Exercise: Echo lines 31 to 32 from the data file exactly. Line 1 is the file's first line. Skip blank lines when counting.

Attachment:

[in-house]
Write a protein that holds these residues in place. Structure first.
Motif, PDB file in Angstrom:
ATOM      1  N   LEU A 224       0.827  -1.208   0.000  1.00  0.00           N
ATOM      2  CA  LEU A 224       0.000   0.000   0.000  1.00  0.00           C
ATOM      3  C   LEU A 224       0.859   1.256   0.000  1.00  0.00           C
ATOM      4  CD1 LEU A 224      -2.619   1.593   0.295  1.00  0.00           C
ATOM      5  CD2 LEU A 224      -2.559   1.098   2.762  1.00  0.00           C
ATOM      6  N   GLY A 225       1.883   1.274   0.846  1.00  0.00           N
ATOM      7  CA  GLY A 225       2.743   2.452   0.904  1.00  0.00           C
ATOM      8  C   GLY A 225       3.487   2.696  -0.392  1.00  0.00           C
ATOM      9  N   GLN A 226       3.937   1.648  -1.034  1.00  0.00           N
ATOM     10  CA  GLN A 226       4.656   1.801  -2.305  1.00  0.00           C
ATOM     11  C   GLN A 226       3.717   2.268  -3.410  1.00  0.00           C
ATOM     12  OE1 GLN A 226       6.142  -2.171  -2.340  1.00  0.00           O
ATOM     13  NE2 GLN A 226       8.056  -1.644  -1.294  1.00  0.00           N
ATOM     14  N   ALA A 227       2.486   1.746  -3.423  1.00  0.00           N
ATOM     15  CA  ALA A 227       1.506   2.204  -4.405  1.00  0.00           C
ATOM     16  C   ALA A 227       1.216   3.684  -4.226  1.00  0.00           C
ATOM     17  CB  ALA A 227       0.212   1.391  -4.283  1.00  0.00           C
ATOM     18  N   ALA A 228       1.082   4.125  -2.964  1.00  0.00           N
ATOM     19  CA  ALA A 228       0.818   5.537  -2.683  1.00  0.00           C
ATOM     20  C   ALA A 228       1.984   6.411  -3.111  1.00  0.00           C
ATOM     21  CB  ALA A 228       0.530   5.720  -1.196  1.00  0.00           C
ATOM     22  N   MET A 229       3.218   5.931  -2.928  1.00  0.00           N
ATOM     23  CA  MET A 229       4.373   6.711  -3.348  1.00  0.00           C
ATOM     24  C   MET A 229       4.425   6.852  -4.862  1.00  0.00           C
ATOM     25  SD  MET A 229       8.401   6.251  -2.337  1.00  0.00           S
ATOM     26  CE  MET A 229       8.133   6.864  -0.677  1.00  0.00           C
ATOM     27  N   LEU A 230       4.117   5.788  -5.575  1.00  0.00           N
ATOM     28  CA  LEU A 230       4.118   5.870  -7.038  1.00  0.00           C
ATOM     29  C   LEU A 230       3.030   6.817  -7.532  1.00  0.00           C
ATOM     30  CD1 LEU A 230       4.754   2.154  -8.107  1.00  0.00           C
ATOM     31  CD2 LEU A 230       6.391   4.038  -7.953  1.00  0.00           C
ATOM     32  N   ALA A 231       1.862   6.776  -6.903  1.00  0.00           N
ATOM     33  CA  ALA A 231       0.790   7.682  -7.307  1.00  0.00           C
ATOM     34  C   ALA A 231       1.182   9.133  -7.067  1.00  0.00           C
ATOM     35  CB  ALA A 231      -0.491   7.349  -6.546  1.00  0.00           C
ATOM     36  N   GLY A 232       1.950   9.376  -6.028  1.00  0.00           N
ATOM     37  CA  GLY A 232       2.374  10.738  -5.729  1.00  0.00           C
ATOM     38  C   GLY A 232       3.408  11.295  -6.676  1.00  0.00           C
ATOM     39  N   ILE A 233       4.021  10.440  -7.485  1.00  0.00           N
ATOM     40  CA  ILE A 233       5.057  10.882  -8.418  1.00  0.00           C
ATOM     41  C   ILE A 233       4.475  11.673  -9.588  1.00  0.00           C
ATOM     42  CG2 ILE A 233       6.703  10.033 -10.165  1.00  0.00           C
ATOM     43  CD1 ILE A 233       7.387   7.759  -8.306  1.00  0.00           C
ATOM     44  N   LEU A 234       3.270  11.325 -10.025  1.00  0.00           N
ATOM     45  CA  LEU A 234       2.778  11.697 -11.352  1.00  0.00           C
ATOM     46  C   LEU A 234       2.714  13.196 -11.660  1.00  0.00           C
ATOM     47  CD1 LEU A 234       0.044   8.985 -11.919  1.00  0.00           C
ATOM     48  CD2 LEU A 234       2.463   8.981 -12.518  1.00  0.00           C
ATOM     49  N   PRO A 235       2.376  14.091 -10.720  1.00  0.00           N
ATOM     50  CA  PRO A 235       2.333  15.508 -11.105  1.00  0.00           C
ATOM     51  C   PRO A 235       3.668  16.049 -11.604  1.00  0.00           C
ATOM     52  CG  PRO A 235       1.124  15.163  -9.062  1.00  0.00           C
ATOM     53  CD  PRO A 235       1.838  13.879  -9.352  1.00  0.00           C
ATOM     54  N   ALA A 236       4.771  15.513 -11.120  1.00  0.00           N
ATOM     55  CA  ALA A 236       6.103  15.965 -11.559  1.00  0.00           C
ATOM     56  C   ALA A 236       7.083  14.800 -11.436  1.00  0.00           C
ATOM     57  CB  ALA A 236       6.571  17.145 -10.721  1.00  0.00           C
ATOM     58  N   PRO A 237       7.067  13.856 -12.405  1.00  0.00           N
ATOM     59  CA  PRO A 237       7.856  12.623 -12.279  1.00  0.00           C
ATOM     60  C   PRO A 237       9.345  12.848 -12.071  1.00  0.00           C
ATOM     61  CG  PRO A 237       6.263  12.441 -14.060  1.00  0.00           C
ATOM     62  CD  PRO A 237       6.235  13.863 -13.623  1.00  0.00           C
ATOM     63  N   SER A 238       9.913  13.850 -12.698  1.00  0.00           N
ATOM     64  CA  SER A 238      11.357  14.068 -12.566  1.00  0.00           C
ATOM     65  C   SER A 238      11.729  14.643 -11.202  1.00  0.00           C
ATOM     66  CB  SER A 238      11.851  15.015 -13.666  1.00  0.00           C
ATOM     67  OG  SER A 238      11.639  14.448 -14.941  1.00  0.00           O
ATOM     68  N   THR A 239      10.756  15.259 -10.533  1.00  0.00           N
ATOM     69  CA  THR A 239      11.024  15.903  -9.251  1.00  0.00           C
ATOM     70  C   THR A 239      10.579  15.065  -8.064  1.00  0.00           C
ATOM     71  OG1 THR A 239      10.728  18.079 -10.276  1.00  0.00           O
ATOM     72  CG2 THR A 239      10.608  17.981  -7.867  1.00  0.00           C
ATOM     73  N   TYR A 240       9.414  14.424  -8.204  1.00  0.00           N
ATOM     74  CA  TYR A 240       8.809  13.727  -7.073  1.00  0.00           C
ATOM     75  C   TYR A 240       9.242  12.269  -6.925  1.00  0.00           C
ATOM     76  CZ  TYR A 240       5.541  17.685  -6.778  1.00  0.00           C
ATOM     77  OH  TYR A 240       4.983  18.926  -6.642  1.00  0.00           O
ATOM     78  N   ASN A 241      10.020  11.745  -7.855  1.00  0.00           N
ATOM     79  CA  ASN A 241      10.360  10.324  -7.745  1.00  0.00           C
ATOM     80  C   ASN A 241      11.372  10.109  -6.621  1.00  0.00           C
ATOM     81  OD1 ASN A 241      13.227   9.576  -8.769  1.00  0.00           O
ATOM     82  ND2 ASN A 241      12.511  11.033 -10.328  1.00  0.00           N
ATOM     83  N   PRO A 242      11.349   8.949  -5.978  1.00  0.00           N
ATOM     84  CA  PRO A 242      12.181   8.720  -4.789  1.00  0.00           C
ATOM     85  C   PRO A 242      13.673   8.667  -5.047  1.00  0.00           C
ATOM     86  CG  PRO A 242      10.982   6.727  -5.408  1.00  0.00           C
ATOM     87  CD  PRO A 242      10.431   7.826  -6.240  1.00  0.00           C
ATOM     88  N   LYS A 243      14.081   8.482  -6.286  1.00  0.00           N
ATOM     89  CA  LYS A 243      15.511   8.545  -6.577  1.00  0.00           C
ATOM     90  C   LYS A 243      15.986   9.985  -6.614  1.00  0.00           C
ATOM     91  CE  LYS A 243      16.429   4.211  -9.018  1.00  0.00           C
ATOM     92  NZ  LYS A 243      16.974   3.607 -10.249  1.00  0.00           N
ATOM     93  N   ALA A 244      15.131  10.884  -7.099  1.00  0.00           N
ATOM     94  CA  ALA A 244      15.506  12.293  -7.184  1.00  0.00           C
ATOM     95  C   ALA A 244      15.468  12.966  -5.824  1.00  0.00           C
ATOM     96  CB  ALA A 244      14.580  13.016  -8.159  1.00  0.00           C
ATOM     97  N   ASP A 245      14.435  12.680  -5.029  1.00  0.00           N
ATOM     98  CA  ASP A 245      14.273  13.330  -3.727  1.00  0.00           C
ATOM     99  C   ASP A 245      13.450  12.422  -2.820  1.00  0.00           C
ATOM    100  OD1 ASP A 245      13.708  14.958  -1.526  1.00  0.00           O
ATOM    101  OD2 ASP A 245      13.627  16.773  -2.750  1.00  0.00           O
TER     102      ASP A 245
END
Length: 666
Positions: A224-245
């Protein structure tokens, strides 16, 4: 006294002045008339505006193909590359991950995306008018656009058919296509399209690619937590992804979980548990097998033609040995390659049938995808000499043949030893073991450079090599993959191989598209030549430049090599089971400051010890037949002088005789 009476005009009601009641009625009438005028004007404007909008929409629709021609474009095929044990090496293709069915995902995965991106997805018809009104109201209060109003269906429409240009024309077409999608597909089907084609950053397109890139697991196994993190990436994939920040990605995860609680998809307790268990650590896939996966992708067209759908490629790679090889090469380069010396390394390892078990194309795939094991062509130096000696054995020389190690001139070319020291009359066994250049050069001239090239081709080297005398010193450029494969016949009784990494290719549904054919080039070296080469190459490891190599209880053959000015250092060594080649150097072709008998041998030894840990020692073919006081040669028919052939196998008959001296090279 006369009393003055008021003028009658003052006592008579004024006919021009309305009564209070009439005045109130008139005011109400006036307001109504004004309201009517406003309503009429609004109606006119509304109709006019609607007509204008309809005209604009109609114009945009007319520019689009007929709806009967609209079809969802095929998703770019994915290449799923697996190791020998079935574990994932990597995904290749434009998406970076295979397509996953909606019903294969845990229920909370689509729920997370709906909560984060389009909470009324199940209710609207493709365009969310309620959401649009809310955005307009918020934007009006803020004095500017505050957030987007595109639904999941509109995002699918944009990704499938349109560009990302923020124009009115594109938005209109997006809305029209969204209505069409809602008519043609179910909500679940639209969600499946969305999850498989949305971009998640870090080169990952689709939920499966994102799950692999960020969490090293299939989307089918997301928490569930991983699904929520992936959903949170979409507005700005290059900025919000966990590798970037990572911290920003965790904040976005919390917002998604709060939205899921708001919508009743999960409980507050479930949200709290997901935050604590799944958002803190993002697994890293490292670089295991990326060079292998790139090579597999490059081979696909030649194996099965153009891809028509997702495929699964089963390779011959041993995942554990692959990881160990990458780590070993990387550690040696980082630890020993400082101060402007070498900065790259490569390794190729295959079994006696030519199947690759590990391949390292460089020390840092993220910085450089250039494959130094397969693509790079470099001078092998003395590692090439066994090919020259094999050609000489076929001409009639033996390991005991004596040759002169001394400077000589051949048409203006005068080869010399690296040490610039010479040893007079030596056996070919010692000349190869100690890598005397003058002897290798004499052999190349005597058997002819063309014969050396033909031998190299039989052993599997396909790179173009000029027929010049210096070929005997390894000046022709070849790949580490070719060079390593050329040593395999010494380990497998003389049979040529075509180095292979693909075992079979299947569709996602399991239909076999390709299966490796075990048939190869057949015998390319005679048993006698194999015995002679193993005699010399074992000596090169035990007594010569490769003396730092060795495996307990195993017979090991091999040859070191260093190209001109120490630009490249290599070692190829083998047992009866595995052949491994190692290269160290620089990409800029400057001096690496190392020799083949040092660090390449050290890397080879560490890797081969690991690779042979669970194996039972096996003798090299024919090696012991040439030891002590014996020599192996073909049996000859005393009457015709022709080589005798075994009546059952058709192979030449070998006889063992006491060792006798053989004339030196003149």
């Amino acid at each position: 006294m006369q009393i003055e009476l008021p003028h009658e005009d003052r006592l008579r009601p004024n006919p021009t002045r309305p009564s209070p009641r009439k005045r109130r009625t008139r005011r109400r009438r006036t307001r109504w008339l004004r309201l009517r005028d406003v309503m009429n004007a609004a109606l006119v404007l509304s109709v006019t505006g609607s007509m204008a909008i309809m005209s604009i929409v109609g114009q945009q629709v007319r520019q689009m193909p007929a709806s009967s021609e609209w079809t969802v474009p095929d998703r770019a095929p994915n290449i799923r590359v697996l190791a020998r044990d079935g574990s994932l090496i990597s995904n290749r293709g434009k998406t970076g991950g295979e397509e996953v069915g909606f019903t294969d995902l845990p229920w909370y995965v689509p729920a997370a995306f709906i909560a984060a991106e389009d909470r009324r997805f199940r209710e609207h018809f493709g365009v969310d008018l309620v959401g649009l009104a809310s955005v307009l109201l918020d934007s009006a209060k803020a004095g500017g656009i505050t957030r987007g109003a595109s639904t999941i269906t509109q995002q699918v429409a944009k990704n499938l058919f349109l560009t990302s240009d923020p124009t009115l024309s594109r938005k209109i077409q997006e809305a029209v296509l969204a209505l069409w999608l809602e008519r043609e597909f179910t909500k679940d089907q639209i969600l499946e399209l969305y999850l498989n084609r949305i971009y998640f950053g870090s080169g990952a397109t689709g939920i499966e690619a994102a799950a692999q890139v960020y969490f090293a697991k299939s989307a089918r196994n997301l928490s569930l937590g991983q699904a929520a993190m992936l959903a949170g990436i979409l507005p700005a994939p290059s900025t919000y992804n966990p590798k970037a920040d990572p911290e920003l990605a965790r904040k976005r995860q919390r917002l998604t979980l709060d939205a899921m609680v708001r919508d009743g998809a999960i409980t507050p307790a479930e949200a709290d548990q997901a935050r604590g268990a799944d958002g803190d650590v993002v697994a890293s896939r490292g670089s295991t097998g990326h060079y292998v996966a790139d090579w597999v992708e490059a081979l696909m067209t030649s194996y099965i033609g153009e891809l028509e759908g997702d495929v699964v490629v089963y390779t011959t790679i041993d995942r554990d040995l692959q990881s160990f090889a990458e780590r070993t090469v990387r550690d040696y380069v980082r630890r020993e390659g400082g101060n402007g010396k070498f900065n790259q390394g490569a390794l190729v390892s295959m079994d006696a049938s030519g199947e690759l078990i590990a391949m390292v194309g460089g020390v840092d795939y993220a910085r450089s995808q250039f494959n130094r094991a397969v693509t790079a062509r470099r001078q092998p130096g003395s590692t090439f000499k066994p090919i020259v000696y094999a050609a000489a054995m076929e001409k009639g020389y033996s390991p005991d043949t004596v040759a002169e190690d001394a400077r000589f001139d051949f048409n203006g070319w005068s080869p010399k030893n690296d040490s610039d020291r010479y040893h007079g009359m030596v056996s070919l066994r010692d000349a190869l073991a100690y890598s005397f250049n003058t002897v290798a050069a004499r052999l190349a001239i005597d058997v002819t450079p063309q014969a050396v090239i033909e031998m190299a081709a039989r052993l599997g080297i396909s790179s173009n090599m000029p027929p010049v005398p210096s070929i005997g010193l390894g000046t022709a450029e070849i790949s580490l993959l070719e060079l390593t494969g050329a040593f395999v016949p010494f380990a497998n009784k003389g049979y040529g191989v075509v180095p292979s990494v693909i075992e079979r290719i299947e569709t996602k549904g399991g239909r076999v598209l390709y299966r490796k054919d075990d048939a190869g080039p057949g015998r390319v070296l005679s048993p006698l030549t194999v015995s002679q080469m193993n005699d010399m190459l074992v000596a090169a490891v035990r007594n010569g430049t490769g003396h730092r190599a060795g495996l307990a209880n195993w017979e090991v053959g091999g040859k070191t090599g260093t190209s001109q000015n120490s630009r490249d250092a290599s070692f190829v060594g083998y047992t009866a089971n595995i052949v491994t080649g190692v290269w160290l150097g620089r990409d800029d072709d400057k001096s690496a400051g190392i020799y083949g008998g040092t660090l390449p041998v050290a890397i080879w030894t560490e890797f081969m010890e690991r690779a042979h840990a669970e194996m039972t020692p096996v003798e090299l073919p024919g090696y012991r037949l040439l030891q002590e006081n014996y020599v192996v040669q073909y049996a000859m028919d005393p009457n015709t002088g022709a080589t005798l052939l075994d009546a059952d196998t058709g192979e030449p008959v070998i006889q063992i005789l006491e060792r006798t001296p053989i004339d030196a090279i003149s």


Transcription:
ATOM     28  CA  LEU A 230       4.118   5.870  -7.038  1.00  0.00           C
ATOM     29  C   LEU A 230       3.030   6.817  -7.532  1.00  0.00           C